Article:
We cover everything from fitting together all the musical artists, to keeping in important Easter eggs for long time fans. Additionally, Jarrow touches on turning off SpongeBob and bringing another story to life, his new show on the CW, Valor.
‘SpongeBob’ is, in almost every sense, a very non-traditional musical. As a book writer how did you go about marrying so many unique voices and visions into a single story?
It definitely was a challenge, an exciting challenge. The way that we did it was, I had come up with the first draft of the script before we went to the song writers. The first draft of the script had holes for the songs. In the script, it literally said, “song here, about this.”
And then we brainstormed, “Who feels like the most awesome artist to write this particular song?” When we went to the artists we went to them with specifics– this is who the song is for, this is how the song fits into the story, this is what needs to happen in the song, here are some lyrical prompts or ideas that might be useful.
We weren’t totally sure how the process would work, but I think that actually worked pretty well. When we got the first drafts of the songs from the artists, in every case, they were totally great. There were some notes back and forth, but I think giving them the context before they started writing the songs, really helped getting the songs to fit into the story we were trying to tell.
I would then take a look at the script and I would adjust it to fit the songs.
For example, there’s a Squidward song, “I’m Not a Loser.” And we knew sort of what the content of that song wanted to be, but we didn’t know that the word “loser” was going to be so central to it.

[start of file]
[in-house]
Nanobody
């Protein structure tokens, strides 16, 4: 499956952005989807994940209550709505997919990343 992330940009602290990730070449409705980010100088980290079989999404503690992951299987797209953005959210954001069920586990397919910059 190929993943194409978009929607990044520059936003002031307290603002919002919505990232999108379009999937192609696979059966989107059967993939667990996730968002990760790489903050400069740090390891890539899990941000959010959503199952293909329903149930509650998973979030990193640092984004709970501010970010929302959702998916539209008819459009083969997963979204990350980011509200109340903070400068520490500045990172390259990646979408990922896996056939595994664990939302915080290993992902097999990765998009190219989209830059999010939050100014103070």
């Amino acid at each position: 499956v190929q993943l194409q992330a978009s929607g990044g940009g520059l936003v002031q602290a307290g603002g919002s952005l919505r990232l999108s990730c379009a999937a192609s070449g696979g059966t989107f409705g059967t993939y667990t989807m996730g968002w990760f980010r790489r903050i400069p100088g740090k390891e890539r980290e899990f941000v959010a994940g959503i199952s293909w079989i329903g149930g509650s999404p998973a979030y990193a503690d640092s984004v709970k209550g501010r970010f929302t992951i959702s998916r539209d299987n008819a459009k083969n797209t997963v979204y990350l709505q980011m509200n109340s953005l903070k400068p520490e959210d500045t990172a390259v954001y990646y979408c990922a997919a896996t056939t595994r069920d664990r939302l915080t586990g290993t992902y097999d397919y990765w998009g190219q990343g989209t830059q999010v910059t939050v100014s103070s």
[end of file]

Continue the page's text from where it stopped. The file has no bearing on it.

When we got the song from They Might Be Giants, it was structured around the idea of “not being a loser.” I reverse engineered that idea into the script — that Squidward had this traumatic experience as a kid where he was called loser and it’s almost like his trigger word.
There were a lot of things like that where I would get a song and reverse engineer to make it make sense. That was one of the ways that we really worked to try and get so many songs by so many different people to fit into a coherent story.
And then we had the really good fortune of working with Tom Kitt, who is our orchestrator and arranger. He honestly did the lion’s share of the work taking these songs from these different artists and then orchestrating them so they sound like they could be in the same score, but also retain some of the individualism of the artist.
He’s honestly a total badass.
He really took these artists’ demos that really sounded so different and found what those common threads were and brought them out in his arrangements and orchestrations.
Listening to the soundtrack straight through, the songs feel like they belong together.
I will say one other thing that was our benefit is that all these artists were really familiar with SpongeBob already. They had watched the TV show. They were fans.
And I think that helps because they understood the world that they were writing for.
There are lot of movie adaptations hitting Broadway where the writers have 120 minutes of source material to work with, that’s it. Whereas SpongeBob has hundreds of HOURS of source material and this universe that is Bikini Bottom.